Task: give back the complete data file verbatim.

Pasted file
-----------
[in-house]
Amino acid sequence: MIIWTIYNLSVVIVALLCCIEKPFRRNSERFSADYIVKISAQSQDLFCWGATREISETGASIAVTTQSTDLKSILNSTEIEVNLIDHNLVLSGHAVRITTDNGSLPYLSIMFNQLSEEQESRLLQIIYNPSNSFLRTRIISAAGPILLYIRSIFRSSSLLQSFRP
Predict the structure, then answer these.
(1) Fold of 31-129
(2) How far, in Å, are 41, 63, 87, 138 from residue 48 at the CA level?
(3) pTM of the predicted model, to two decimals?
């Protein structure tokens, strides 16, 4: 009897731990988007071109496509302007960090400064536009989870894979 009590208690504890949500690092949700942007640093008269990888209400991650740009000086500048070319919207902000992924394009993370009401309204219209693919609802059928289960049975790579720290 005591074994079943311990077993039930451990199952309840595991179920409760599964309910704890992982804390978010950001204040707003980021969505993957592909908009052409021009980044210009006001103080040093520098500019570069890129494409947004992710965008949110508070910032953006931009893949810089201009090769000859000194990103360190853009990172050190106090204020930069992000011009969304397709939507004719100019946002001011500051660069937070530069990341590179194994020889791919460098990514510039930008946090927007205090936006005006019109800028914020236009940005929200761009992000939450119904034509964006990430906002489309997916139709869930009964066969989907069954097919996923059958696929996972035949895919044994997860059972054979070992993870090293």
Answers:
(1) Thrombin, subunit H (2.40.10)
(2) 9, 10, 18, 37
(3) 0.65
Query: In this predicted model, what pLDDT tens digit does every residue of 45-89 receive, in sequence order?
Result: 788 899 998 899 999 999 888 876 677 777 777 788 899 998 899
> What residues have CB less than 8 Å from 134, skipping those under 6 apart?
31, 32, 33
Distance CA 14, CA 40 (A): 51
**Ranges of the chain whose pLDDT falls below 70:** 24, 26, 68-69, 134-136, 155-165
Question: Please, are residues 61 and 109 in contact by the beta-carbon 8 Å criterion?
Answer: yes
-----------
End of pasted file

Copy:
[in-house]
Amino acid sequence: MIIWTIYNLSVVIVALLCCIEKPFRRNSERFSADYIVKISAQSQDLFCWGATREISETGASIAVTTQSTDLKSILNSTEIEVNLIDHNLVLSGHAVRITTDNGSLPYLSIMFNQLSEEQESRLLQIIYNPSNSFLRTRIISAAGPILLYIRSIFRSSSLLQSFRP
Predict the structure, then answer these.
(1) Fold of 31-129
(2) How far, in Å, are 41, 63, 87, 138 from residue 48 at the CA level?
(3) pTM of the predicted model, to two decimals?
């Protein structure tokens, strides 16, 4: 009897731990988007071109496509302007960090400064536009989870894979 009590208690504890949500690092949700942007640093008269990888209400991650740009000086500048070319919207902000992924394009993370009401309204219209693919609802059928289960049975790579720290 005591074994079943311990077993039930451990199952309840595991179920409760599964309910704890992982804390978010950001204040707003980021969505993957592909908009052409021009980044210009006001103080040093520098500019570069890129494409947004992710965008949110508070910032953006931009893949810089201009090769000859000194990103360190853009990172050190106090204020930069992000011009969304397709939507004719100019946002001011500051660069937070530069990341590179194994020889791919460098990514510039930008946090927007205090936006005006019109800028914020236009940005929200761009992000939450119904034509964006990430906002489309997916139709869930009964066969989907069954097919996923059958696929996972035949895919044994997860059972054979070992993870090293």
Answers:
(1) Thrombin, subunit H (2.40.10)
(2) 9, 10, 18, 37
(3) 0.65
Query: In this predicted model, what pLDDT tens digit does every residue of 45-89 receive, in sequence order?
Result: 788 899 998 899 999 999 888 876 677 777 777 788 899 998 899
> What residues have CB less than 8 Å from 134, skipping those under 6 apart?
31, 32, 33
Distance CA 14, CA 40 (A): 51
**Ranges of the chain whose pLDDT falls below 70:** 24, 26, 68-69, 134-136, 155-165
Question: Please, are residues 61 and 109 in contact by the beta-carbon 8 Å criterion?
Answer: yes